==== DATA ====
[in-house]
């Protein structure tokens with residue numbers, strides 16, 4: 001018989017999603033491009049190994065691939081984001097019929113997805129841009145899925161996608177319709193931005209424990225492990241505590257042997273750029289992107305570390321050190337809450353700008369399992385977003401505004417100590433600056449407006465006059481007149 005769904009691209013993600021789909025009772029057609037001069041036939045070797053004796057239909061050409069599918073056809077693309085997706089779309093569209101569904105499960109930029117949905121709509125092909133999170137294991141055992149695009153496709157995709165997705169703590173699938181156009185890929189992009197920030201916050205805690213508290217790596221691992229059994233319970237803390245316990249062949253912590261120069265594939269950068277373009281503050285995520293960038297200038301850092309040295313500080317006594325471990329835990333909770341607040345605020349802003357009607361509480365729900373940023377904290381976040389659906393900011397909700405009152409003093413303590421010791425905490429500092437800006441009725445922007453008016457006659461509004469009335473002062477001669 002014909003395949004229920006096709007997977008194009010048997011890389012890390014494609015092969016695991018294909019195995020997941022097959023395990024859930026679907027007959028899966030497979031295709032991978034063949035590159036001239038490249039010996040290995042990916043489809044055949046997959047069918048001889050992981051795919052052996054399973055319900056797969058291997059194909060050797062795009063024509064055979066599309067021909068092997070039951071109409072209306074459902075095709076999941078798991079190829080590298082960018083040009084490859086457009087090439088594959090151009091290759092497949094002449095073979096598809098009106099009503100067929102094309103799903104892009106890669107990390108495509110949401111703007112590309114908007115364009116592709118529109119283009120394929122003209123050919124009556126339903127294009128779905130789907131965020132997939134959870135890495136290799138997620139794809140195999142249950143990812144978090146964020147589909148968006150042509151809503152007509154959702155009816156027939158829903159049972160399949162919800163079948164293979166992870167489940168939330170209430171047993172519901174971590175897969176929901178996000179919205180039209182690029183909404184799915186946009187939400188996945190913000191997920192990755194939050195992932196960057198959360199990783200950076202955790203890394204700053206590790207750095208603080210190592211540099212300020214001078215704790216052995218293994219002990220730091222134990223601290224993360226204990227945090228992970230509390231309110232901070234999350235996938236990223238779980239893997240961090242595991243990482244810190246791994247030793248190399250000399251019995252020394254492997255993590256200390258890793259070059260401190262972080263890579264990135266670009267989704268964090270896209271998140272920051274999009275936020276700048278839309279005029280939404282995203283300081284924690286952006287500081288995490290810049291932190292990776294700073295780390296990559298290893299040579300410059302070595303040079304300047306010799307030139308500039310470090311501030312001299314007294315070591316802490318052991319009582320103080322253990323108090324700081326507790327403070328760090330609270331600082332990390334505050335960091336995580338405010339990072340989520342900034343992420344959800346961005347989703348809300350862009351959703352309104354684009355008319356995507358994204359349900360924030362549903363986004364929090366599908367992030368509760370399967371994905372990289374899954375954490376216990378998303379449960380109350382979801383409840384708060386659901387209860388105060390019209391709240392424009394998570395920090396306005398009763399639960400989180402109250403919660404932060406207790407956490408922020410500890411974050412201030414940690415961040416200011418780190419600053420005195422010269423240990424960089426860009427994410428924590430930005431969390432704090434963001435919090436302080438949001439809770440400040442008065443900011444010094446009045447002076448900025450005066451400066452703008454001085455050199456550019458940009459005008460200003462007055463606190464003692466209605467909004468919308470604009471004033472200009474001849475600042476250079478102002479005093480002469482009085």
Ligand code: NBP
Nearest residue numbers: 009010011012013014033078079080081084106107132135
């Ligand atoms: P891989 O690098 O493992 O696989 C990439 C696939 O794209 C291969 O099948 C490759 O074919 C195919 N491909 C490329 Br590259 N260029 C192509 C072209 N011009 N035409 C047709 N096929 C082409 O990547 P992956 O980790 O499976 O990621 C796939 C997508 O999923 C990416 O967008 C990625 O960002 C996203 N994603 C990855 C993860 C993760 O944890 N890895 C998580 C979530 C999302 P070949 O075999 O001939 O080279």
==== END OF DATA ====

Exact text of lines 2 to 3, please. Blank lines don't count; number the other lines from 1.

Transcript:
């Protein structure tokens with residue numbers, strides 16, 4: 001018989017999603033491009049190994065691939081984001097019929113997805129841009145899925161996608177319709193931005209424990225492990241505590257042997273750029289992107305570390321050190337809450353700008369399992385977003401505004417100590433600056449407006465006059481007149 005769904009691209013993600021789909025009772029057609037001069041036939045070797053004796057239909061050409069599918073056809077693309085997706089779309093569209101569904105499960109930029117949905121709509125092909133999170137294991141055992149695009153496709157995709165997705169703590173699938181156009185890929189992009197920030201916050205805690213508290217790596221691992229059994233319970237803390245316990249062949253912590261120069265594939269950068277373009281503050285995520293960038297200038301850092309040295313500080317006594325471990329835990333909770341607040345605020349802003357009607361509480365729900373940023377904290381976040389659906393900011397909700405009152409003093413303590421010791425905490429500092437800006441009725445922007453008016457006659461509004469009335473002062477001669 002014909003395949004229920006096709007997977008194009010048997011890389012890390014494609015092969016695991018294909019195995020997941022097959023395990024859930026679907027007959028899966030497979031295709032991978034063949035590159036001239038490249039010996040290995042990916043489809044055949046997959047069918048001889050992981051795919052052996054399973055319900056797969058291997059194909060050797062795009063024509064055979066599309067021909068092997070039951071109409072209306074459902075095709076999941078798991079190829080590298082960018083040009084490859086457009087090439088594959090151009091290759092497949094002449095073979096598809098009106099009503100067929102094309103799903104892009106890669107990390108495509110949401111703007112590309114908007115364009116592709118529109119283009120394929122003209123050919124009556126339903127294009128779905130789907131965020132997939134959870135890495136290799138997620139794809140195999142249950143990812144978090146964020147589909148968006150042509151809503152007509154959702155009816156027939158829903159049972160399949162919800163079948164293979166992870167489940168939330170209430171047993172519901174971590175897969176929901178996000179919205180039209182690029183909404184799915186946009187939400188996945190913000191997920192990755194939050195992932196960057198959360199990783200950076202955790203890394204700053206590790207750095208603080210190592211540099212300020214001078215704790216052995218293994219002990220730091222134990223601290224993360226204990227945090228992970230509390231309110232901070234999350235996938236990223238779980239893997240961090242595991243990482244810190246791994247030793248190399250000399251019995252020394254492997255993590256200390258890793259070059260401190262972080263890579264990135266670009267989704268964090270896209271998140272920051274999009275936020276700048278839309279005029280939404282995203283300081284924690286952006287500081288995490290810049291932190292990776294700073295780390296990559298290893299040579300410059302070595303040079304300047306010799307030139308500039310470090311501030312001299314007294315070591316802490318052991319009582320103080322253990323108090324700081326507790327403070328760090330609270331600082332990390334505050335960091336995580338405010339990072340989520342900034343992420344959800346961005347989703348809300350862009351959703352309104354684009355008319356995507358994204359349900360924030362549903363986004364929090366599908367992030368509760370399967371994905372990289374899954375954490376216990378998303379449960380109350382979801383409840384708060386659901387209860388105060390019209391709240392424009394998570395920090396306005398009763399639960400989180402109250403919660404932060406207790407956490408922020410500890411974050412201030414940690415961040416200011418780190419600053420005195422010269423240990424960089426860009427994410428924590430930005431969390432704090434963001435919090436302080438949001439809770440400040442008065443900011444010094446009045447002076448900025450005066451400066452703008454001085455050199456550019458940009459005008460200003462007055463606190464003692466209605467909004468919308470604009471004033472200009474001849475600042476250079478102002479005093480002469482009085």
Ligand code: NBP